‘Girls Who Code’ Founder Reshma Saujani Says Teach Girls Bravery, Not Perfection

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We love Reshma Saujani. She is a badass entrepreneur and changer of many girls’ lives. As the founder of Girls Who Code and author of a book every woman should read, ‘Women Who Don’t Wait In Line’, you know that this is one inspiring lady who doesn’t waste any opportunity to help other women.

Given that March is Women’s History Month in the US, it’s only fitting that she gave a TED Talk and addressed it to parents about an important aspect of raising daughters. With her expertise working with so many young women that participate in the Girls Who Code programs each year, Reshma knows a thing or two about what it takes to equip girls with the tools they need to succeed in areas where they are not necessarily the dominant force. We’re talking about STEM (science, tech, engineering and math).

While her TED Talk was specifically about how to ensure girls grow up with the same amount of confidence as boys, there are some major truth bombs that a woman of any age should and can identify with. The title “teach girls bravery, not perfection” was introduced with a personal story from Reshma’s career.

In 2010 she ran for Congress in New York against an woman who had held the seat since 1992. She spent millions of dollars on a campaign that failed quite notably. In her mind, she says in the video below, she wanted to disrupt the status quo, and make her mark on American politics as a young Indian American woman running a race with slim chances.

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For her it marked a change in her life, because at the age of 33, it was the first time she had done something “truly brave”, without the pressure of needing to be perfect. She says this is what many women do the same, gravitating toward careers they know they are going to be good at.

“Most girls are taught to avoid risk and failure. They’re taught to smile pretty, play it safe, get all A’s. Boys, on the other hand, are taught to play rough, crawl to the top of the monkey bars and then jump off head first,” she illustrates with a scenario many of us can identify with from our school days.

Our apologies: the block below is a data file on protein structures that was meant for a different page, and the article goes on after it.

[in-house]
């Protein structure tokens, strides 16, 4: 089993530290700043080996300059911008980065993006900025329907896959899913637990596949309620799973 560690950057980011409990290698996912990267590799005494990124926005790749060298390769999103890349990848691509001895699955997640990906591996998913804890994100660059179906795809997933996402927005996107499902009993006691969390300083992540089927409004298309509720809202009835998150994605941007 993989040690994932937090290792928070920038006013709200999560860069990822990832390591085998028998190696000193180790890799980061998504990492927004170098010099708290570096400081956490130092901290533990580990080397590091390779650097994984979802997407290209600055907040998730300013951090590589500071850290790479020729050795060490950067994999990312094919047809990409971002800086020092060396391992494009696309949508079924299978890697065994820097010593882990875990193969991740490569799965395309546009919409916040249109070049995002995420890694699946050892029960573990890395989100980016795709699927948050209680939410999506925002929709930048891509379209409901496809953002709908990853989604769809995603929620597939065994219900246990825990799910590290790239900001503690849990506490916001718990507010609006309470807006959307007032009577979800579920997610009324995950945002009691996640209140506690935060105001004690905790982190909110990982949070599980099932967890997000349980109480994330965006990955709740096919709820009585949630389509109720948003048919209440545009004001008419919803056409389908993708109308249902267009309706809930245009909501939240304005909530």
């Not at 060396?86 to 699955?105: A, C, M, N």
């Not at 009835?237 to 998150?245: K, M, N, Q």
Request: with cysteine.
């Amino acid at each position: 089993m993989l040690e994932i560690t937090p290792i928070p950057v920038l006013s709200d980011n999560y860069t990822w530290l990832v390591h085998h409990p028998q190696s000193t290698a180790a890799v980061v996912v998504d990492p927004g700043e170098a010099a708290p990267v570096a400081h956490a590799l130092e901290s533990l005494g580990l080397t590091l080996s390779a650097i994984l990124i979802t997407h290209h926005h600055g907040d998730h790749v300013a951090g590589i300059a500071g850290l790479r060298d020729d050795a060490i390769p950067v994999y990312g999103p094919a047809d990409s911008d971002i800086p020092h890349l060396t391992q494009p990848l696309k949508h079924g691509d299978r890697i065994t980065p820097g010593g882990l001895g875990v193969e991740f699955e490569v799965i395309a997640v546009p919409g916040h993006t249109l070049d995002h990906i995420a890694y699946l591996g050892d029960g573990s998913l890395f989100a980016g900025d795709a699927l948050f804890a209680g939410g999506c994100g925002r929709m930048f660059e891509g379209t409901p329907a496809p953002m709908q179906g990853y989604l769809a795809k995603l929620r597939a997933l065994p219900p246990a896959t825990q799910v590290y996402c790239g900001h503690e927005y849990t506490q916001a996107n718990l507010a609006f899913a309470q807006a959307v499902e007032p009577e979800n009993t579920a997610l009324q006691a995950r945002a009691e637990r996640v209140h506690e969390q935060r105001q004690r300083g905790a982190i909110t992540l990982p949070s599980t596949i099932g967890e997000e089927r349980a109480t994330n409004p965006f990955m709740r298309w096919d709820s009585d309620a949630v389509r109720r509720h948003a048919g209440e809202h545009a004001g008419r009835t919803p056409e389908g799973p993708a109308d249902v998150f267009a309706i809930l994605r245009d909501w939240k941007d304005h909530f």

These traits become ingrained into girls and boys and carry on into adulthood as traits that can either limit or propel their chances.

“Whether they’re negotiating a raise or even asking someone out on a date, they’re habituated to take risk after risk,” she says referring to boys.

“In other words, we’re raising our girls to be perfect and we’re raising our boys to be brave.”

If you stop and think about all the articles you read discussing the psychology behind why so many men harass women on the street, catcall, abuse and even attack women, perhaps it harks back to what Reshma is talking about where as boys, these men have it burned into their subconscious that going out on a limb no matter that consequence is what they are “supposed” to do.

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She goes on to describe this as the “bravery deficit” where the economy and society is losing out on having girls operating at their full potential because of the way they are conditioned to asses their decisions differently from boys growing up.

“We’re not raising our girls to be brave. The bravery deficit is why women are underrepresented in STEM, in C-suites, in boardrooms, in Congress and pretty much everywhere you look,” she said.